“This allows for a mix of different technology suppliers to work together utilising API interfaces.”

In addition to playout, the Marina deployment encompasses traffic integration with ongoing development for integration to the asset management system. It controls both the main and backup Harmonic Spectrum servers via API control, and it was key for MBC to be able to incorporate the Marina system into the existing infrastructure alongside Neptune, which accesses the servers via serial control.

While Neptune is designated as the master system for deleting material no longer required on the server, it has a view into Marina’s list media usage to ensure that no deletions are made from the server of media which Marina is scheduled to playout.

Marina controls two chains of best-of-breed high-end devices including decoders, mixers, graphics and Harmonic servers for each channel, via a single Marina playlist.

Samir Isbaih, Regional Manager for the Middle East at Pebble Beach Systems, says: “As a specialist vendor, we are adjusting as the market changes, offering a choice of technologies to suit different playout and automation platform requirements, including virtualised IP playout via Orca and our self-contained channel in a box solution, Stingray.

“In this region, where Neptune is the dominant automation solution, it is vital to offer a flexible but intelligent migration strategy to the latest platform, which also enables new channels to be launched. The solution at MBC is enabling them to run both systems in tandem and make the transition to the new platform at a pace that suits their business, with our support.”

One of the key deciding factors making Marina attractive to MBC is the fact that Marina is an evolving product that Pebble Beach Systems is continuously developing with the intention of adding new features.

“Marina is considered the most modern enterprise multi-channel automation and content management product in the market,” claims Isbaih.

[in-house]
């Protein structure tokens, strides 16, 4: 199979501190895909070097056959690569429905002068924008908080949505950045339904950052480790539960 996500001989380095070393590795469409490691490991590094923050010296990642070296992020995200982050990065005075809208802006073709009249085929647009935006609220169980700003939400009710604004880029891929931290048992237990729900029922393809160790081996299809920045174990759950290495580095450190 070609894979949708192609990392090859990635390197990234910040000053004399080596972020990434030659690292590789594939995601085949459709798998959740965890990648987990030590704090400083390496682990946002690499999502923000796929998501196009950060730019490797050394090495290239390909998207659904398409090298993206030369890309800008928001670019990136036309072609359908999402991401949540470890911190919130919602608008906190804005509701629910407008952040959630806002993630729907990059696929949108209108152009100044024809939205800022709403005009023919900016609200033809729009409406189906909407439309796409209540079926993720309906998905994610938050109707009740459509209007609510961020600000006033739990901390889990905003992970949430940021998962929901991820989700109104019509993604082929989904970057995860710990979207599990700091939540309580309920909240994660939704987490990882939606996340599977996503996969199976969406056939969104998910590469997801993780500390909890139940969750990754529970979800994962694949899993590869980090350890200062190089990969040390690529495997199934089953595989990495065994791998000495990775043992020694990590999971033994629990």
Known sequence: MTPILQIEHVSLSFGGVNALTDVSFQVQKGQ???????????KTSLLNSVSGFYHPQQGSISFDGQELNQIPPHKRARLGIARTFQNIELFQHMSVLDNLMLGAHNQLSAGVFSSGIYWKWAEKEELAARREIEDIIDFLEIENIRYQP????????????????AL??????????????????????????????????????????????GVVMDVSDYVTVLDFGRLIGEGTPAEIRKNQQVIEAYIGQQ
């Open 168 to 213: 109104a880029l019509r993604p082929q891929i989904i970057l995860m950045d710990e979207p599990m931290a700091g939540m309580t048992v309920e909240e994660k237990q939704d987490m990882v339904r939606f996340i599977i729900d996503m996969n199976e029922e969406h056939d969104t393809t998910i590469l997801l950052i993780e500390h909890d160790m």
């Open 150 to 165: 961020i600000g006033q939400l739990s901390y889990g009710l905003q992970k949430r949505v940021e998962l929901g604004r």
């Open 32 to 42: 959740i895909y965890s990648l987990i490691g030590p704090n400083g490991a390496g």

For a larger perspective, Marina is the most recent product to have been released into the market. In addition, Pebble Beach Systems is one of the few companies in the industry that continues to specialise in automation and playout; several competing solution providers have moved into other spheres of the industry or diluted their automation offerings.

In this case, MBC wanted full usage logs to be generated in order for device usage to be audited for optimal deployment of available devices. There is a requirement in future for multi-cast operations, where the system allows clients to be in different locations; if MBC chooses to expand or add further operational sites, Marina can expand to the multi-site environment. In addition, the solution needed to make use of API control across all devices to simplify future deployments and to be able to play very short clips, unlike servers under VDCP control.

“Multiple clips can be stacked on the same timeline and cued in advance, thanks to API control.

This enables the end user to send commands in advance to the Harmonic server so that multiple very short clips can be played back to back,” says Isbaih.

In addition, multiple systems can be accessed from a single client. Main and backup playlists are on the same client application, so if one fails, the system can transfer instantly, with transparent switching as far as the operator is concerned. Mirroring is possible, with changes on the main list instantly reflected to the backup list.

The system also detects operational errors.

“Marina has sophisticated validation which doesn’t simply confirm that media is present, as for the older automation systems. We can also detect, for instance, the file format which is permitted for this playlist. If any other format is delivered, it will be flagged and an alert sent. It also provides editorial validation. For example, if a file has been declared editorially unacceptable, it will not play.

All attributes such as aspect ratio, subtitle files, editorial approval and so on need to be acceptable for the file to be okay to play,” explains Isbaih.

Furthermore, Marina uses FXP rather than FTP transfer.